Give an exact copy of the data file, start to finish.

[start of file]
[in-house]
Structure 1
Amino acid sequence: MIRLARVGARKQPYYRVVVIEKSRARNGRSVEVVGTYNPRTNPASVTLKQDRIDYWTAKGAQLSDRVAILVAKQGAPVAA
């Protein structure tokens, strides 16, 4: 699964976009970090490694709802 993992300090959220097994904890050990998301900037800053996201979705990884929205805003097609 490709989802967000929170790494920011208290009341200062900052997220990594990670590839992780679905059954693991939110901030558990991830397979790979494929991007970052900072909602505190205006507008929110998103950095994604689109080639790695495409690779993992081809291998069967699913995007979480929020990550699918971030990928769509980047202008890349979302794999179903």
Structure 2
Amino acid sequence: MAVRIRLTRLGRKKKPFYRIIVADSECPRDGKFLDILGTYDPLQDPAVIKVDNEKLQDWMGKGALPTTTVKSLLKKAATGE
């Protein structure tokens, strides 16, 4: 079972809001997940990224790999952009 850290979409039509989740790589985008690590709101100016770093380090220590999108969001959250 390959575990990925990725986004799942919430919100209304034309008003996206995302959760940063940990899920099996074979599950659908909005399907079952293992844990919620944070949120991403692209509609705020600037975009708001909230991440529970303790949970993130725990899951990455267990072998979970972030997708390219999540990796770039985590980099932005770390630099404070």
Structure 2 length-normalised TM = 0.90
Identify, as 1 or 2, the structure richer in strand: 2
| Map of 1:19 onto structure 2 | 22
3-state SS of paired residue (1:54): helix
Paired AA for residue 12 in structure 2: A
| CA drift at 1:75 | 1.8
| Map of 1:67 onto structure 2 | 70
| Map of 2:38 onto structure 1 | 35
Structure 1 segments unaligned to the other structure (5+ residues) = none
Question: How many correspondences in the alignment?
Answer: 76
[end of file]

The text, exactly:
[in-house]
Structure 1
Amino acid sequence: MIRLARVGARKQPYYRVVVIEKSRARNGRSVEVVGTYNPRTNPASVTLKQDRIDYWTAKGAQLSDRVAILVAKQGAPVAA
């Protein structure tokens, strides 16, 4: 699964976009970090490694709802 993992300090959220097994904890050990998301900037800053996201979705990884929205805003097609 490709989802967000929170790494920011208290009341200062900052997220990594990670590839992780679905059954693991939110901030558990991830397979790979494929991007970052900072909602505190205006507008929110998103950095994604689109080639790695495409690779993992081809291998069967699913995007979480929020990550699918971030990928769509980047202008890349979302794999179903």
Structure 2
Amino acid sequence: MAVRIRLTRLGRKKKPFYRIIVADSECPRDGKFLDILGTYDPLQDPAVIKVDNEKLQDWMGKGALPTTTVKSLLKKAATGE
């Protein structure tokens, strides 16, 4: 079972809001997940990224790999952009 850290979409039509989740790589985008690590709101100016770093380090220590999108969001959250 390959575990990925990725986004799942919430919100209304034309008003996206995302959760940063940990899920099996074979599950659908909005399907079952293992844990919620944070949120991403692209509609705020600037975009708001909230991440529970303790949970993130725990899951990455267990072998979970972030997708390219999540990796770039985590980099932005770390630099404070």
Structure 2 length-normalised TM = 0.90
Identify, as 1 or 2, the structure richer in strand: 2
| Map of 1:19 onto structure 2 | 22
3-state SS of paired residue (1:54): helix
Paired AA for residue 12 in structure 2: A
| CA drift at 1:75 | 1.8
| Map of 1:67 onto structure 2 | 70
| Map of 2:38 onto structure 1 | 35
Structure 1 segments unaligned to the other structure (5+ residues) = none
Question: How many correspondences in the alignment?
Answer: 76